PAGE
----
By: Nigel Joneston
The patterns that exist between math, language, and music have prompted numerous studies to be commissioned to establish their inter- relationship. We all know that music is a series of notes that are played in accordance to a pattern and maths too works in a similar way. In maths to result always remains finite despite the various ways in which you can add, multiply, subtract, and divide numbers.
The same is true of music. Notes are combined in a series of groupings (almost and endless variety) but the number of sounds created is finite. It is patterns and combinations such as this that make music and math similar. Our brain seems to process the information from music and math in a different manner than it computes other information.
Babies are first attracted to speech when it sounds rhythmic and melodic. Parents instinctively know to talk to a baby in a tone that has melodic and bold sounding words throughout, rather than using a normal voice. You will probably notice that the baby pays more attention to you when you speak to them in a poetic, mathematical stride to them rather than when your words are mundane and spoken in a normal tone of voice.
Small children love to listen to music that with repetitive patterns to it. Perhaps this is because their brain is computing the music message in way that catches their interest and makes them think. Hopefully, as a result children learning different methods to think, they are more willing to learn and absorb.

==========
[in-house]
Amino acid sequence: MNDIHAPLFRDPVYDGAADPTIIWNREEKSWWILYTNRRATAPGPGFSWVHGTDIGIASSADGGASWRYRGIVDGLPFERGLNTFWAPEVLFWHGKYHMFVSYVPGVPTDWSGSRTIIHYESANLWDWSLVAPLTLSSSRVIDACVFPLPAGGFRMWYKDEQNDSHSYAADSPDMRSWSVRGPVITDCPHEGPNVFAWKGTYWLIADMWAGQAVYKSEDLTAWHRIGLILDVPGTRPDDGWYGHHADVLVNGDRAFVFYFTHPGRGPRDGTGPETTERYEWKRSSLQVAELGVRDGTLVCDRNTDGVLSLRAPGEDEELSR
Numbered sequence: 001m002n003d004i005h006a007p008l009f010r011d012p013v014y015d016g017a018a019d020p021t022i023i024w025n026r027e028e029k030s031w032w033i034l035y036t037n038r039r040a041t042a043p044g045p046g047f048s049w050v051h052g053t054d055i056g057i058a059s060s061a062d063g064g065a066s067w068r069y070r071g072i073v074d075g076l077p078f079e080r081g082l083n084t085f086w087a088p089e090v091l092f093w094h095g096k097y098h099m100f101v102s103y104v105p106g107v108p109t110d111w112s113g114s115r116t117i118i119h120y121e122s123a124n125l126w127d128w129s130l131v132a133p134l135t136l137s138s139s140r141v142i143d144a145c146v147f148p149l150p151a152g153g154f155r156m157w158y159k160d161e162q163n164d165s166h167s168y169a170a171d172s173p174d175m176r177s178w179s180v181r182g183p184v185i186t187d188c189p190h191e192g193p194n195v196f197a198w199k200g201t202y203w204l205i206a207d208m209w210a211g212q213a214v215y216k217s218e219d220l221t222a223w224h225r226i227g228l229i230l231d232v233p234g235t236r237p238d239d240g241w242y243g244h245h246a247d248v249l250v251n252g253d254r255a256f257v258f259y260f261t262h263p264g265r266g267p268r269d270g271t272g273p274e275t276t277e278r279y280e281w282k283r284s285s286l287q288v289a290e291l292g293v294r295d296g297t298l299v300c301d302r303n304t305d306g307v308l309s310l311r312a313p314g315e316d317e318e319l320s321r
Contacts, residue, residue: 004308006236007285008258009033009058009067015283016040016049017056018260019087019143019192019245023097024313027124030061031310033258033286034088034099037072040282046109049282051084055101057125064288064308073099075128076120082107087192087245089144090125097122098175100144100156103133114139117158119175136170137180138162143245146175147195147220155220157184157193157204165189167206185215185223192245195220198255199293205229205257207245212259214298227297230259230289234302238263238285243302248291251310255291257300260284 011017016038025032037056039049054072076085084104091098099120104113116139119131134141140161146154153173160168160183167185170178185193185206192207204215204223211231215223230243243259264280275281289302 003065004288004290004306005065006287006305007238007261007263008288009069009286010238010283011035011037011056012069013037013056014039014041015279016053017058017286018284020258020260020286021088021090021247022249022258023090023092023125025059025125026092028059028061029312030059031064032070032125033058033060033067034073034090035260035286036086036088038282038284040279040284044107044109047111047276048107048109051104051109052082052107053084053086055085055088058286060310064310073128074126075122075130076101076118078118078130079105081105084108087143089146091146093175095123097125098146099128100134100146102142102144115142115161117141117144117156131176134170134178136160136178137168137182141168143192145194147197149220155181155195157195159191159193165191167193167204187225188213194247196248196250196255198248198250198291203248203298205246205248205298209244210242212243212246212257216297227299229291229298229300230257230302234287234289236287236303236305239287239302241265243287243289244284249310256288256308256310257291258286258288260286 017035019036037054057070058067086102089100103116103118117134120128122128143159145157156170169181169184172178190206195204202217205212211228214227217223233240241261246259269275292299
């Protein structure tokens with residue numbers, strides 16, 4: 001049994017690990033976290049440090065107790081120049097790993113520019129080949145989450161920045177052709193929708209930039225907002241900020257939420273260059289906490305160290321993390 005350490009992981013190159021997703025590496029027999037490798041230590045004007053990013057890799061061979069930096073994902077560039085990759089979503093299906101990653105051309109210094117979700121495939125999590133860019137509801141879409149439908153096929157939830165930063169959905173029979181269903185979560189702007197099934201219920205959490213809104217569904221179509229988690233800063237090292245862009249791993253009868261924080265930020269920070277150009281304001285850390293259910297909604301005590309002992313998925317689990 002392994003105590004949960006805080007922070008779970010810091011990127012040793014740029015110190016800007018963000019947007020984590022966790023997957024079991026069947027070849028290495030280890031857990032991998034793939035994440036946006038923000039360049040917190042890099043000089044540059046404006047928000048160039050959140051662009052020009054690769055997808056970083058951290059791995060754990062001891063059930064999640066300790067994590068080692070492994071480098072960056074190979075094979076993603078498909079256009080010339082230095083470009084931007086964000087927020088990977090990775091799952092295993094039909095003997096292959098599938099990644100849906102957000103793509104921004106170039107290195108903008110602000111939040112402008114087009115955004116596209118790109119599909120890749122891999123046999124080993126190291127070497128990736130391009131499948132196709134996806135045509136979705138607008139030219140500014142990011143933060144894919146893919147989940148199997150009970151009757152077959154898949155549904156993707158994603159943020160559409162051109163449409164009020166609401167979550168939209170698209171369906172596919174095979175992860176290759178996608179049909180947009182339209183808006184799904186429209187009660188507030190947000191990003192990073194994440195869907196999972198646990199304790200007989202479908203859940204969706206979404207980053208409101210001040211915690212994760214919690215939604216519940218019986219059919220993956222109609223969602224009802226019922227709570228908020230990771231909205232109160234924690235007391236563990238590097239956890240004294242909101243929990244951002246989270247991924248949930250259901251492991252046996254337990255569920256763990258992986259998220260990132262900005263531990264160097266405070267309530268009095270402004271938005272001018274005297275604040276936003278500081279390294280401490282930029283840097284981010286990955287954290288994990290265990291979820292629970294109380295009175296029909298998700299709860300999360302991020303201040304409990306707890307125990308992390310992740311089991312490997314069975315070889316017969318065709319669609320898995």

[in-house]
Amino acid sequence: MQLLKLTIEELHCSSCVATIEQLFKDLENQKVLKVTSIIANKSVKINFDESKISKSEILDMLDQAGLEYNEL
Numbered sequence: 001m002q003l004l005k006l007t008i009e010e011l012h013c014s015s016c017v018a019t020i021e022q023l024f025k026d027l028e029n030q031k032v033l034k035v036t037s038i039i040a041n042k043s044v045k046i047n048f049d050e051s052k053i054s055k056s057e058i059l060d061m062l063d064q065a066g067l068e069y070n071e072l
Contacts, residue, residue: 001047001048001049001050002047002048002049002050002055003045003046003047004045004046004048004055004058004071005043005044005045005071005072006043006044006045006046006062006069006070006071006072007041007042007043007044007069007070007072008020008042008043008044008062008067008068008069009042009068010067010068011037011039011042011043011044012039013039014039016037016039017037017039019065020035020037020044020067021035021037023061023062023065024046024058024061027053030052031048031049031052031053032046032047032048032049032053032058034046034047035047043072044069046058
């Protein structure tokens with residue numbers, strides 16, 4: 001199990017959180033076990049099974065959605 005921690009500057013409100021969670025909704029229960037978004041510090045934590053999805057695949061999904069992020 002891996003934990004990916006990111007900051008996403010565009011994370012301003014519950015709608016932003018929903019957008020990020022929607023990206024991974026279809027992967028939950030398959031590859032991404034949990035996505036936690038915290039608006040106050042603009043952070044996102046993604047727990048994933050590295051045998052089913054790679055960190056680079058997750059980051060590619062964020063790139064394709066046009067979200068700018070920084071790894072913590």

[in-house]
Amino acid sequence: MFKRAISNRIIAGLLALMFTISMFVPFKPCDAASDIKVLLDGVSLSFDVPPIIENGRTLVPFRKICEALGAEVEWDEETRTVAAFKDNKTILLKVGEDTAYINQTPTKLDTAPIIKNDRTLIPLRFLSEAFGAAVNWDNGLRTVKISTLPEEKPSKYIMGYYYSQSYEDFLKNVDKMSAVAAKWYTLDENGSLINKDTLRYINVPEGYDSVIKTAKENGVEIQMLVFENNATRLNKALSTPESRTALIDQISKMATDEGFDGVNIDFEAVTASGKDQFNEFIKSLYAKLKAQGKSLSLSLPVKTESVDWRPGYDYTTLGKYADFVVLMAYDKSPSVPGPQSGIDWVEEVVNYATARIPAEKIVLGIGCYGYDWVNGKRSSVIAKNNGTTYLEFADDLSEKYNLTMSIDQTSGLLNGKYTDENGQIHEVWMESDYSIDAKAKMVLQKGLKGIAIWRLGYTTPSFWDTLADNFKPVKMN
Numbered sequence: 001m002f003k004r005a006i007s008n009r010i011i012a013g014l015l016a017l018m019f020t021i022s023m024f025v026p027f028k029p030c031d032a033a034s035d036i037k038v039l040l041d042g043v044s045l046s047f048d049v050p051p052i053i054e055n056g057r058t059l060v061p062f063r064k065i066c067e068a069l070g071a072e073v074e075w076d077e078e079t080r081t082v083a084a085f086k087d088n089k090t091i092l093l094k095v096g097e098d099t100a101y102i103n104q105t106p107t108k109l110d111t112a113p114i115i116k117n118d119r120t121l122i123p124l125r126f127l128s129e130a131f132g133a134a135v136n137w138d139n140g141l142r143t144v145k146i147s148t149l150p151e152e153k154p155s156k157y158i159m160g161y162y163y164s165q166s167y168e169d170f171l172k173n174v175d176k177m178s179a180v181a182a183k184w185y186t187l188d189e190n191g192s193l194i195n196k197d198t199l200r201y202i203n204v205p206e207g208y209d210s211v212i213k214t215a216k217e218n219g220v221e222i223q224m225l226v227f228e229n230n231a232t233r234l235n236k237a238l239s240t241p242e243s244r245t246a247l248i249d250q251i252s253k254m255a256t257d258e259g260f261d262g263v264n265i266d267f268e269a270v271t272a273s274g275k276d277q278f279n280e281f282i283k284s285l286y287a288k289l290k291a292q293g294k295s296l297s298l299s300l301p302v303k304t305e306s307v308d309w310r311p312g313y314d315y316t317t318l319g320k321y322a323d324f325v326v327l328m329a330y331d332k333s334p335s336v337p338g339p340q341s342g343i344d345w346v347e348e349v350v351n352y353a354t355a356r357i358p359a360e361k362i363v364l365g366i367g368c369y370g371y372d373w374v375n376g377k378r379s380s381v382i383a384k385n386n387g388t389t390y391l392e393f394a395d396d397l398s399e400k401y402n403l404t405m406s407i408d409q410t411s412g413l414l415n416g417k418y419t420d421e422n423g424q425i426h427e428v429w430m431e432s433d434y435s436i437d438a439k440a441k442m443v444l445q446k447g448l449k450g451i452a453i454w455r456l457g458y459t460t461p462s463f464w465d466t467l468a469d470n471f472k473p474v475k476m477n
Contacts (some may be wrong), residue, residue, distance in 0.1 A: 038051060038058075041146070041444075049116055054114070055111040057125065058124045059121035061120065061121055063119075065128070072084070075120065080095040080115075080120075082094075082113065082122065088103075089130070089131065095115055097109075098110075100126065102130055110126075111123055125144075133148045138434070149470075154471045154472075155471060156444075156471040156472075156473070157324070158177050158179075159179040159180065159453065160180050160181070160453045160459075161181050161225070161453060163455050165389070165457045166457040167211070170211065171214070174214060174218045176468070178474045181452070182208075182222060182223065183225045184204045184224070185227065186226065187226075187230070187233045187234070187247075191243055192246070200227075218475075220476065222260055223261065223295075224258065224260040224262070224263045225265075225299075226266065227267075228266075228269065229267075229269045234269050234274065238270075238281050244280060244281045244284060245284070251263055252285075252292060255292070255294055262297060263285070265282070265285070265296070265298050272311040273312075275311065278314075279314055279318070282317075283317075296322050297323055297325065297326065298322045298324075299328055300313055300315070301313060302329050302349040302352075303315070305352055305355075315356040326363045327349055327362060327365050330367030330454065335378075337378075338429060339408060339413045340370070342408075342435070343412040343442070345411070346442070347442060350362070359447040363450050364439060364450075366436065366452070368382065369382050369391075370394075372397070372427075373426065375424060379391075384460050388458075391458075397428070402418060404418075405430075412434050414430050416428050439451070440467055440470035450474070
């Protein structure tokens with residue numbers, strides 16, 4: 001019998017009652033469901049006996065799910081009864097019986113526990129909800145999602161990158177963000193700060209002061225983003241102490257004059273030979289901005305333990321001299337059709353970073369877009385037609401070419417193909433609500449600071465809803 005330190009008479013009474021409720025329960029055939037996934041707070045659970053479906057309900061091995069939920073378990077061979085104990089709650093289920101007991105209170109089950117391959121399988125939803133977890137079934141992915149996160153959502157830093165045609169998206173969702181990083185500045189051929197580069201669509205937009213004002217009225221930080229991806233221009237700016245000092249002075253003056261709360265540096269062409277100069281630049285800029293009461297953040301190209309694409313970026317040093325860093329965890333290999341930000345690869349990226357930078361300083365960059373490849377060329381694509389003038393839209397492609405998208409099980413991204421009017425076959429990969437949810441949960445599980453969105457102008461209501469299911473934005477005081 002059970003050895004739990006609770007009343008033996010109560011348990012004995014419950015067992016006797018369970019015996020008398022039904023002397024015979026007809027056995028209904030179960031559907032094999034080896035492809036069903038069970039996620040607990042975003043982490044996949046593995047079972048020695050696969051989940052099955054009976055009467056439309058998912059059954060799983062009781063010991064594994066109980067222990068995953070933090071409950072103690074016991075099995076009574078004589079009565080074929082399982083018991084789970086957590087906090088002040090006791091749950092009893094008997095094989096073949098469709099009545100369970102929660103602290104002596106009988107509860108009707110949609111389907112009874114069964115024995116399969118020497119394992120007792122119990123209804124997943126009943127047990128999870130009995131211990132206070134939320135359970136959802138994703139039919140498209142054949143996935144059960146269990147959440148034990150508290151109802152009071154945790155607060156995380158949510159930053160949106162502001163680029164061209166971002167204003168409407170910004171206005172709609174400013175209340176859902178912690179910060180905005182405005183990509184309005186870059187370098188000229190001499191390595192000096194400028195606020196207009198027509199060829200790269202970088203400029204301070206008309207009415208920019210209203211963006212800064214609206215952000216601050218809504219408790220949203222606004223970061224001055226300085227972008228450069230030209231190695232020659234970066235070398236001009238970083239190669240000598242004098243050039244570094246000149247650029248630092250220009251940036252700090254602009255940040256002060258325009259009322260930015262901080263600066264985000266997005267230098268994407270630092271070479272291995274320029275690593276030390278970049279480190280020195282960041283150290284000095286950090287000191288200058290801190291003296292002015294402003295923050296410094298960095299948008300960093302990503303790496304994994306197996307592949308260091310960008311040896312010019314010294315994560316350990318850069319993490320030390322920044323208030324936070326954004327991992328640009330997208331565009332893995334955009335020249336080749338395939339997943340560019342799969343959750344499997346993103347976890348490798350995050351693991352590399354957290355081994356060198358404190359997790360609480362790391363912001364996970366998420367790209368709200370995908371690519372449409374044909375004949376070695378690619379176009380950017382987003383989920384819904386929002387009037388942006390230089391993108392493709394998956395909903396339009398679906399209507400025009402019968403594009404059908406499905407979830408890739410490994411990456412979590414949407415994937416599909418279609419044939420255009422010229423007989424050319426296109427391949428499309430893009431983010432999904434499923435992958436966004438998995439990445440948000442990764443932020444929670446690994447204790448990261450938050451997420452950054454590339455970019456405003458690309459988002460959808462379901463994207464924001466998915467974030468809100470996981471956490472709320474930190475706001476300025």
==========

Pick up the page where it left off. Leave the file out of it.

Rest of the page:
Give a child anything in their hand and they start creating musical patterns and rhythms. Al the music they make has a definitive pattern and beat. Children have the unique capability to create patterns out of random sounds. How well they create music and how tuned they are establishes the mathematical powers of the child that evolve later in their adult lives.
Various studies have shown that children who participate in musical activities, whether playing an instrument or listening to a variety of music, do better in math. Therefore, for a growing child it is important to have music as a part of their life and routine. They develop into people who are better at maths as their brains have been exercised and sharpened to discern patterns and repetition among the musical notes.
Math is essentially the following of known patterns to arrive at a conclusion. Once you know that formula to find the answer, such as the simple formula of addition or the more complex formula of determining the degrees of an angle, you'll be able to use that pattern to get that answer.
The connection between music and math works both ways: those children who do well in math class are also extremely successful when it comes to playing an instrument and reading musical notes. The combination of both these skills can lead to better overall performance in school.
The study of music has many benefits that include the learning of language to improving math skills. Incorporating music into our lives from birth onwards give an advantage that can't be disputed as more and more studies confirm the connection between music and math.